Disease of the Month: Epilepsy | PharmaShots

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Disease of the Month: Epilepsy | PharmaShots

Disease of the Month: Epilepsy | PharmaShots


Also known as seizure disorder, epilepsy is a non-communicable chronic disorder of the brain and is the fourth most common neurological disease globally. It is a central nervous system (CNS) disorder characterized by recurrent episodes of seizures that are short changes in normal brain activity which led to brief incidences of involuntary movements either involving only a part of the body or the whole body. The seizures are sometimes accompanied by loss of bowel or bladder control or consciousness. An individual is diagnosed with epilepsy when they have had two or more episodes of seizures. One seizure does not necessarily indicate epilepsy since up to 10% of people worldwide experience one seizure over their lifetime. Written records of epilepsy date as far back as 4000BC, making it one of the world’s oldest recognized medical conditions.

The disease affects approximately 50 million people around the globe. It affects both males and females irrespective of their age, race, and ethnic background. Through our analysis, we deciphered that due to the maximum of clinical trials being carried out in the EU5 region, the number of Epileptic patients can be expected to be more in the EU5/Europe with China on the other hand conducting the least number of trials or they have reported lesser trials in epilepsy (as represented in the graph).

*The graphical interpretation is based on our point of view of the clinical data


Epilepsy is not a contagious disease. Though various underlying diseases can cause epilepsy, in roughly 50% of cases around the world the disease's origin is still unknown. Some of the causes include:

  • Severe head injury
  • Some genetic syndromes
  • A stroke that restricts amount of oxygen to the brain
  • A brain tumor
  • Congenital abnormalities associated with brain malformations
  • Some brain infections, like neurocysticercosis, meningitis, or encephalitis
  • Brain damage from perinatal or prenatal causes


Seizures are caused due to excessive electrical discharge among the group of brain cells. Such discharges can occur in different parts of the brain. Doctors classify epileptic seizures into two types depending on the area and manner of initiation of the abnormal brain activity:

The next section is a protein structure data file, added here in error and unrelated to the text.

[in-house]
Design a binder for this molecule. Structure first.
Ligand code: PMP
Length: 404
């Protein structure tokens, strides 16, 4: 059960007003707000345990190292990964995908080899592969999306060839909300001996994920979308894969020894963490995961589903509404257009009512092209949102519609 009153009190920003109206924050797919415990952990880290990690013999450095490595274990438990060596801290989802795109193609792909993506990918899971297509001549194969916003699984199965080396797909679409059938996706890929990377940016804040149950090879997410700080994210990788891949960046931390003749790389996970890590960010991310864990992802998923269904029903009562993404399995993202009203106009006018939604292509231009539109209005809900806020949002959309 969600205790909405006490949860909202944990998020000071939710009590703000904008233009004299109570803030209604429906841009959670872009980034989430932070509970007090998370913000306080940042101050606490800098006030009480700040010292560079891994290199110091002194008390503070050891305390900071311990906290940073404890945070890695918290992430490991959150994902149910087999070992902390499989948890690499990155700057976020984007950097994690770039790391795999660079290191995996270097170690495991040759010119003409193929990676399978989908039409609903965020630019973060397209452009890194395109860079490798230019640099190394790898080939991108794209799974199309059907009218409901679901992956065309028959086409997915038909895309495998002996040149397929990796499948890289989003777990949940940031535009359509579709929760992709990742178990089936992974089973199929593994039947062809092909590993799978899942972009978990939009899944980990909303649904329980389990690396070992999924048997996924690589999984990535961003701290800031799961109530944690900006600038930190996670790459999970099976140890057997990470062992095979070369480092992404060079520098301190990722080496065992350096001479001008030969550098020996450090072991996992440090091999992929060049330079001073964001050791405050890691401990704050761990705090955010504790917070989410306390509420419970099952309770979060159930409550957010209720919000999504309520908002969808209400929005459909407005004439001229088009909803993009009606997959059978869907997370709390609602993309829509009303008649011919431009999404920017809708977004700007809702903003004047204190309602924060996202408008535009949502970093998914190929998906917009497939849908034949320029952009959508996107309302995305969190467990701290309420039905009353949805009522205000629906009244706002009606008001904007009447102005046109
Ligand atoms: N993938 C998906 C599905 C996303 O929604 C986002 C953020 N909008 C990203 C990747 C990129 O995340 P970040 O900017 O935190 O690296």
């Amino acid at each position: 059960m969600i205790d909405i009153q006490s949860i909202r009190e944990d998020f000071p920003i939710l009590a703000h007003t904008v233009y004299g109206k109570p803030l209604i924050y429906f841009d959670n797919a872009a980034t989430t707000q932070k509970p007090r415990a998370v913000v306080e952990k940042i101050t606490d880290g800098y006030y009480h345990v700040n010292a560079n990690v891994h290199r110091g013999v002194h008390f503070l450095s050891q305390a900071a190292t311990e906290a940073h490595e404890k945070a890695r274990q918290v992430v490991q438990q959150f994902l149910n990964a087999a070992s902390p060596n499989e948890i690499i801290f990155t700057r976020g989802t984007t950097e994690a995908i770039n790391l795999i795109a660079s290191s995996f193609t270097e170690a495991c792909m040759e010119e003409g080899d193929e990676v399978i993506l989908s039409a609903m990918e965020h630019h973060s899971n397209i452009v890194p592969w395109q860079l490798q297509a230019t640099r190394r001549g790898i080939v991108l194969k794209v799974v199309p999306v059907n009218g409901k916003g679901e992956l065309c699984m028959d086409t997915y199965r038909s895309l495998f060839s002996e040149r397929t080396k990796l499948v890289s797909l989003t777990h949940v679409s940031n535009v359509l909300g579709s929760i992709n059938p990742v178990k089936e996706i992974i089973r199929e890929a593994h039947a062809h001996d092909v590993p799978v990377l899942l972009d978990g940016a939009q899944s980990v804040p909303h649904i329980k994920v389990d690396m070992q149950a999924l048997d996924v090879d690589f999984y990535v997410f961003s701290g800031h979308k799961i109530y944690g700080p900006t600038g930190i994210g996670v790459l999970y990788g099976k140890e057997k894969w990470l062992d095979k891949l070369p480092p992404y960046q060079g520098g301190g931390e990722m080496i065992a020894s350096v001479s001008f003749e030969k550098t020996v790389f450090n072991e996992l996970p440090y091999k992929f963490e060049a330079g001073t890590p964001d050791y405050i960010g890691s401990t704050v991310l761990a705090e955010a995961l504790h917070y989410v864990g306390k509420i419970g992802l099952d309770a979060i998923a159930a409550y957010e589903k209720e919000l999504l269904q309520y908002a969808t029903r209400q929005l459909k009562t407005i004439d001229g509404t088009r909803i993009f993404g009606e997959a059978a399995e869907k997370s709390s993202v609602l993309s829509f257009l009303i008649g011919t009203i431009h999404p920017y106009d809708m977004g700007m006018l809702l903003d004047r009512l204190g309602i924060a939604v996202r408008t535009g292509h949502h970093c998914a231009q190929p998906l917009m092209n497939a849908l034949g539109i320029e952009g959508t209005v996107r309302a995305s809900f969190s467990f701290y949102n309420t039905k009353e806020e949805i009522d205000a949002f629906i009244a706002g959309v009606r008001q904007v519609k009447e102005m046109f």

1. Focal Seizures- these seizures are also called partial seizures and occur due to abnormal activity in only one area of the brain. They are further categorized into two types:

  • Focal seizures without consciousness loss- they were also referred to as simple partial seizures. This kind may cause change or alteration of emotions, and the way things smell, feel, look, sound or taste without any loss of consciousness. Individuals may experience déjà vu. It may also cause involuntary jerking of one body part and sudden sensory symptoms like dizziness, flashing lights, and tingling.
  • Focal seizures with impaired awareness- once they were also called complex partial seizures. This kind of seizure may appear to be like a dream involving a loss or change of awareness or consciousness. Experiencing this seizure, the patient may not respond to surroundings normally or keep performing repetitive movements like chewing, hand rubbing, swallowing, or walking in circles.

2. Generalized Seizures- these seizures affect both areas of the brain. They are further categorized into 6 types:

  • Absence Seizures- also known as petit mal seizures and occur typically in children. It lasts for only 5-10 seconds and happens as often as 100 times a day. They cause a brief loss of awareness and are characterized by staring into space with or without subtle body movements.
  • Tonic Seizures- they cause stiffness of the muscles (usually back, arms, and legs muscles). It may cause the person to fall to the ground also affecting the consciousness. The individual usually feels tired after this type of seizure.
  • Atonic Seizures- they are also known as drop seizures. It causes a loss of muscle control most often affecting the leg muscles leading to the collapse or falling of the person.